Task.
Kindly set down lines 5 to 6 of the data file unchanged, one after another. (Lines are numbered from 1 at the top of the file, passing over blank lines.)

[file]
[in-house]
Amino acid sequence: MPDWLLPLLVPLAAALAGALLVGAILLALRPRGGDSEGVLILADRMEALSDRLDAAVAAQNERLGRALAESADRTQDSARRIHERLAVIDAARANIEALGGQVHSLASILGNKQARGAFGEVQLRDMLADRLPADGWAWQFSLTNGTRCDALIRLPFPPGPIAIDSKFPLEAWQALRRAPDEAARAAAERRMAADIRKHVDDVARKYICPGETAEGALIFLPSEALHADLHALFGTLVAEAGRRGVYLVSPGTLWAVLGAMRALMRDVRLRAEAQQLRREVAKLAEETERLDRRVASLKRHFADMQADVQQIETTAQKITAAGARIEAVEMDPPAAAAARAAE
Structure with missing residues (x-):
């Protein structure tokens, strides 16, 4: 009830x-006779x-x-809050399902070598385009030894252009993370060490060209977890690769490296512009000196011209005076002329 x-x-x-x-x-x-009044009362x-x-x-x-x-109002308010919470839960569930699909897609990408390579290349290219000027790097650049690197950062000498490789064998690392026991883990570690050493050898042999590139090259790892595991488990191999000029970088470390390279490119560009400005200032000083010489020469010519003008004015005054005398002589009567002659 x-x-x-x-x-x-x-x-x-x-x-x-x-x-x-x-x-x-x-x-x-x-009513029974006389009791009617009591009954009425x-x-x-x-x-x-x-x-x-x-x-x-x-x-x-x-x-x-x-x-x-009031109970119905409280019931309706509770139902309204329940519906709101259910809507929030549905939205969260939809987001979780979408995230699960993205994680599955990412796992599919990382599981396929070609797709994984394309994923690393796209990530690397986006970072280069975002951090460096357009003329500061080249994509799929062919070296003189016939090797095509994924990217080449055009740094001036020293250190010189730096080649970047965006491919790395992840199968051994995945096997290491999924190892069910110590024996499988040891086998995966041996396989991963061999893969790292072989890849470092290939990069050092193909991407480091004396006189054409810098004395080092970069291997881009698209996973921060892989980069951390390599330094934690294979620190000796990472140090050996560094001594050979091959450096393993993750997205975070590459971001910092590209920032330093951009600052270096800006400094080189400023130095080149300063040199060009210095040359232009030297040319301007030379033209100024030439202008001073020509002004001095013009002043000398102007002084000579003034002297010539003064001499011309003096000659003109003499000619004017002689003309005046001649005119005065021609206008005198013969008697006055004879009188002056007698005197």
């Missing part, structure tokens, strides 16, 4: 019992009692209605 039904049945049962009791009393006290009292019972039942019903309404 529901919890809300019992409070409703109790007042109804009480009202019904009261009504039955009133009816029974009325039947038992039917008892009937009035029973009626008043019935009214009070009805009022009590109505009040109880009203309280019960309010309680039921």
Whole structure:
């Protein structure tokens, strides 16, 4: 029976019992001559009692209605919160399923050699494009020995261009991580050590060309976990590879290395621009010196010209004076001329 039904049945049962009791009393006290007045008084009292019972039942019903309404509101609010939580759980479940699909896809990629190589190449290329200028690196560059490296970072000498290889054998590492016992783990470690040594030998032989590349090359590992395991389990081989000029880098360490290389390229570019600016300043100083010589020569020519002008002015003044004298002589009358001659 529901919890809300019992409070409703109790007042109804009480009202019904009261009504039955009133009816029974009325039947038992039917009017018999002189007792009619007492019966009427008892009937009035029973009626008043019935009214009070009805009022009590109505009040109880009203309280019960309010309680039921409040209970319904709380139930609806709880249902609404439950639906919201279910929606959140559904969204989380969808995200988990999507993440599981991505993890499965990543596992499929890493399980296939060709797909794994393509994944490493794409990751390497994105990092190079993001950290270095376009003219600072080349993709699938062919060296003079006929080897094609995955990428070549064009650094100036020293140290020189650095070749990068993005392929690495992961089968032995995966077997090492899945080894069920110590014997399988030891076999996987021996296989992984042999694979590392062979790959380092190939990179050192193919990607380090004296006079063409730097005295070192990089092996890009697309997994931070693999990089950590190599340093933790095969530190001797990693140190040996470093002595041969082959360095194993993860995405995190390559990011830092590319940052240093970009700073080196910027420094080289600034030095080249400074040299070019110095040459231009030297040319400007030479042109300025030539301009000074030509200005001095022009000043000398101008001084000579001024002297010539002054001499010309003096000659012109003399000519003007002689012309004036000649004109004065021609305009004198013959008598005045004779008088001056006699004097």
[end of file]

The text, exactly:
């Missing part, structure tokens, strides 16, 4: 019992009692209605 039904049945049962009791009393006290009292019972039942019903309404 529901919890809300019992409070409703109790007042109804009480009202019904009261009504039955009133009816029974009325039947038992039917008892009937009035029973009626008043019935009214009070009805009022009590109505009040109880009203309280019960309010309680039921």
Whole structure: